It’s being dubbed the Midland’s own Roswell.
The controversial American flying saucer reports were brought to public attention thanks to a whistleblower in the intelligence arm of the US Air Force.
And it was US Navy third class petty officer S M Brannigan who raised alarm bells about a mysterious crash in Penkridge, a town on the edge of the River Penk, near Cannock Chase, Staffordshire, between February and March, 1964.
He said three bodies were recovered from the operation to deal with the incident at Cocksparrow Lane which involved Air Force Intelligence and NATO.
Brannigan was stationed in the Caribbean at the time and told of his discovery after he intercepted a Soviet transmission.
He said the Russian message referred to a UFO malfunctioning and falling to Earth in two parts – the larger section near Penkridge, the other splintering over West Germany.
Mystery further surrounded the incident when an eyewitness came forward to say he took photos of a “delta shaped object” he spotted in a field near Penkridge at the time.
Harold South, of Bloxwich, claims the curious item was partially covered by a tarpaulin and placed on an aircraft transporter. He came across it when he was stopped from driving his van by a roadblock manned by army, RAF and police personnel.
South said the officers confiscated his camera after he took pictures of the scene. When it was returned to him the film had been taken out.
Paranormal websites report the wrecked craft was taken to Porton Down Scientific Research Centre.
Now Peter McCue, former clinical psychologist turned author, has turned the spotlight on the unexplained crash in his new book Zones of Strangeness: An Examination of the Paranormal and UFO Hotspots.
To help him report on unusual phenomena he worked with paranormal investigator Nick Redfern, who was born in Pelsall, Walsall, and currently works in the US.
There is no mention of the Penkridge crash in declassified MoD files and the incident went unreported in local newspapers at the time.
But McCue was drawn to it by Redfern, who included the case in his own 1999 book, ‘Cosmic Crashes’, after being tipped-off by Leonard Stringfield, a former USAF intelligence officer with an interest in UFOs.
It was Stringfield who had stored Brannigan’s account of the crash.
Peter, who adopts an open-minded approach to each case-study in his book, admits to being puzzled by the Penkridge incident.
“If there were hold-ups on a road, you would have thought there would be something in the press at the time, but there was not. It may be, however, the eyewitness got the dates wrong. I really don’t know about this one. Certainly the theory that it was something from Russia rather than outer space seems logical.”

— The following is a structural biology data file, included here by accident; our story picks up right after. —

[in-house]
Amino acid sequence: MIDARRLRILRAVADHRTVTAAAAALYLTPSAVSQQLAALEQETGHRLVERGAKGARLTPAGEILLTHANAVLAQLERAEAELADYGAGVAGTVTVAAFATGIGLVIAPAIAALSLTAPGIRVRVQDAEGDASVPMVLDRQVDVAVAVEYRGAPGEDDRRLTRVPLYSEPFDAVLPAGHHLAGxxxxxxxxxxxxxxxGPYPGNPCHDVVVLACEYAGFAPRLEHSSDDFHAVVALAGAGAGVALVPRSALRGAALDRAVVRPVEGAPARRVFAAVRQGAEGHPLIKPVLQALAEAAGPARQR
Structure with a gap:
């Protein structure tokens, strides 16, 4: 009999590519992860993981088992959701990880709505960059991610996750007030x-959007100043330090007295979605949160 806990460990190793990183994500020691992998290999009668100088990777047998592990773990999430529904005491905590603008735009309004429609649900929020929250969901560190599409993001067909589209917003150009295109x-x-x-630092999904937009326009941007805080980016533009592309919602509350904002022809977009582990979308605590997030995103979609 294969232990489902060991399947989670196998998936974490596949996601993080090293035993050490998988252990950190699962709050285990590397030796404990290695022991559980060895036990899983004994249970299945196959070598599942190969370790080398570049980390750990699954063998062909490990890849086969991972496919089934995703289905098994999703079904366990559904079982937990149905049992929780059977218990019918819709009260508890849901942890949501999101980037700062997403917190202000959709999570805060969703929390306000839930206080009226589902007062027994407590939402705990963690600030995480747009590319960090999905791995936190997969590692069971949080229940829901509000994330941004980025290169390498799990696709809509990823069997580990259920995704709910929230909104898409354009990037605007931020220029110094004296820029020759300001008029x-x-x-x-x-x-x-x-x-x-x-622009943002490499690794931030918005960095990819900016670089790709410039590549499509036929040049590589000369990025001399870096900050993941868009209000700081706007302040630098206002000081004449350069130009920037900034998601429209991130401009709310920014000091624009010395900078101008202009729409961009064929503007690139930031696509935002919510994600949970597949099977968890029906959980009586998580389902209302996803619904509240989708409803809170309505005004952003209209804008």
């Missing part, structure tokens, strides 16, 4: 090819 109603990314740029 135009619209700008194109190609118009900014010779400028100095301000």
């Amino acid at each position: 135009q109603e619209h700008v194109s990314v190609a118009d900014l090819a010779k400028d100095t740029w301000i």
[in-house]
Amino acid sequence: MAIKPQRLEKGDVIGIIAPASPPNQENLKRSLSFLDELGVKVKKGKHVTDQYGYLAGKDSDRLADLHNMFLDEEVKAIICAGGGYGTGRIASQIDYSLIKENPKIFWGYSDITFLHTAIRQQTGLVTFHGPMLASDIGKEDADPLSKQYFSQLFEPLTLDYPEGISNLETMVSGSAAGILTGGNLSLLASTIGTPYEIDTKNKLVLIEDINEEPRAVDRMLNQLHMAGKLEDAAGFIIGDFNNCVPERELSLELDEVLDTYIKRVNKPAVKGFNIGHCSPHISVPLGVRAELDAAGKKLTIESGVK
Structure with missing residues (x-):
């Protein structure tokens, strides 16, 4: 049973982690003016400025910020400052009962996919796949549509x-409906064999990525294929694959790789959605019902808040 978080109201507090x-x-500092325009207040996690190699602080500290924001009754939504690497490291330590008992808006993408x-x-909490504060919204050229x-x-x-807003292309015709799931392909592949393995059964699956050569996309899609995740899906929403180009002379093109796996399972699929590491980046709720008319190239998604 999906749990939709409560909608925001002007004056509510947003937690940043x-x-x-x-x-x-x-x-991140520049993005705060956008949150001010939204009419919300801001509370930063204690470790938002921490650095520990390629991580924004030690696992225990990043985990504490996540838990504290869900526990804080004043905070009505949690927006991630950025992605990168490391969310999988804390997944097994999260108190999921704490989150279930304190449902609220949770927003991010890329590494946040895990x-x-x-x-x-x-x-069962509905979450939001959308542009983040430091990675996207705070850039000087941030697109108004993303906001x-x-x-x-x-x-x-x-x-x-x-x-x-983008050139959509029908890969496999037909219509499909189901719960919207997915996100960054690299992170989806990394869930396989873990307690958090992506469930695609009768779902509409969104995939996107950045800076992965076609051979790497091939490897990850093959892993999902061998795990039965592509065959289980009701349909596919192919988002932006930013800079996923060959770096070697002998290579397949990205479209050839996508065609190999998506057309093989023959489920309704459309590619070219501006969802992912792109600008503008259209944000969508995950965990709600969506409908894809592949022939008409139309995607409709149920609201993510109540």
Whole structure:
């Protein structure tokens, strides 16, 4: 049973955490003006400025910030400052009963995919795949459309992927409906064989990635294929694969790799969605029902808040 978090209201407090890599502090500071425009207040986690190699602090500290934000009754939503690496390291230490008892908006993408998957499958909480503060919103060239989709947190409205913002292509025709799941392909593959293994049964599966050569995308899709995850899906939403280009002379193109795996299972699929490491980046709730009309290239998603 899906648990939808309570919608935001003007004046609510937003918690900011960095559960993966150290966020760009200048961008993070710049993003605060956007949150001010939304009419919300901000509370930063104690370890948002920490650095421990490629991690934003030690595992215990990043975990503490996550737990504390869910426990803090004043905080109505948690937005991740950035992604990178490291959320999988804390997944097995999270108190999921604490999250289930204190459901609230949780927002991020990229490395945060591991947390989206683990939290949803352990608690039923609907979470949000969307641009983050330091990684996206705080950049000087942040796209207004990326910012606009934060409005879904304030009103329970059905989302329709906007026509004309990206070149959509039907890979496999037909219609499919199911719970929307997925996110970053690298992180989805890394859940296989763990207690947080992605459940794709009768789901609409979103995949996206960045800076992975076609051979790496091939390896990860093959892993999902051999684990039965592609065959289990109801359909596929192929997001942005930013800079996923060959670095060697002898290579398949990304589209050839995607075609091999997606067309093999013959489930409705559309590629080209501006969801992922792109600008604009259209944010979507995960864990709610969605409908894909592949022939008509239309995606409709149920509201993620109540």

But he added that he doesn’t readily believe that the truth is out there, and that he became frustrated by the lack of hard evidence attached to every incident in his first book.
“One of the hypothesis I’m leaning towards is that when you do get clusters of strange phenomena in one area it may be orchestrated by some higher intelligence, which is not necessary extraterrestrial.
“The things we see are, if you like, stage props, they do not actually exist. They are being played out before us.”
And the mysterious 1964 Penkridge crash is not the only suspicious activity in the Cannock Chase area that has come to McCue’s attention.
A chunk of his weighty tome is dedicated to unexplained paranormal phenomenon in the rural landscape.
Several other UFO sightings have been reported, however these are outnumbered by the number ‘big cat’ sightings said to have been spotted there.
A rash of triangular shaped objects were reported over night skies in Cannock Chase in the late 1980s and early 1990s.
But these are now generally accepted to have been US Stealth Bombers, in their infancy, which were being put through their paces.
Some years later, a US military spokesman admitted Cannock Chase, made up of 26 square miles of heath and woodland, was part of the flight path as Stealths, based on the East Coast, were tested for teething problems.
The number of big cat sightings on the land run into hundreds. And McCue reproduces many in detail in his book.
The most bizarre account was provided by a Miss S Thomas, of Hednesford.
She told how events soon turned from good to bad after she took in a kitten she found on Cannock Chase.
“It looked as if it had been dumped. We took pity on it and took it home,” she said.
“It grew quickly and was soon larger than a domestic cat. It didn’t lie down like a domestic cat and instead of purring normally, it sort of growled. Eventually it attacked my daughter while she was asleep, leaving her with a nasty cut. We took the cat to live outside, but it soon disappeared.”
But the deluge of big cat accounts may be more criminal than paranormal.
A member of the now defunct Rural Crime Squad previously reported that dangerous exotic animals had become status symbols and security for leading underworld figures, particularly drug barons.
It’s possible some of their pets escaped into the wilderness.
Other unusual activity on Cannock Chase includes close encounters with werewolves, troglodytes and even a Brummie Bigfoot.
But these have been dismissed as the work of weirdos and publicity seekers.
McCue, aged 63, believes there are three possible reasons why it’s a paradise for everything paranormal.
“There is either genuinely more paranormal phenomenon than in other areas or the same level of paranormal phenomenon happens everywhere else but more people are drawn to Cannock Chase, because of its reputation, to record it.
“The other possibility is that there is no paranormal phenomenon, but the reputation draws people in who mistake, for example, a fleeting glimpse of a fox for a wolf.”
Hmm a very interesting read this, seems as time goes on more information is coming forward to back up the claims that have been made about the area, this article was on 06-05-2012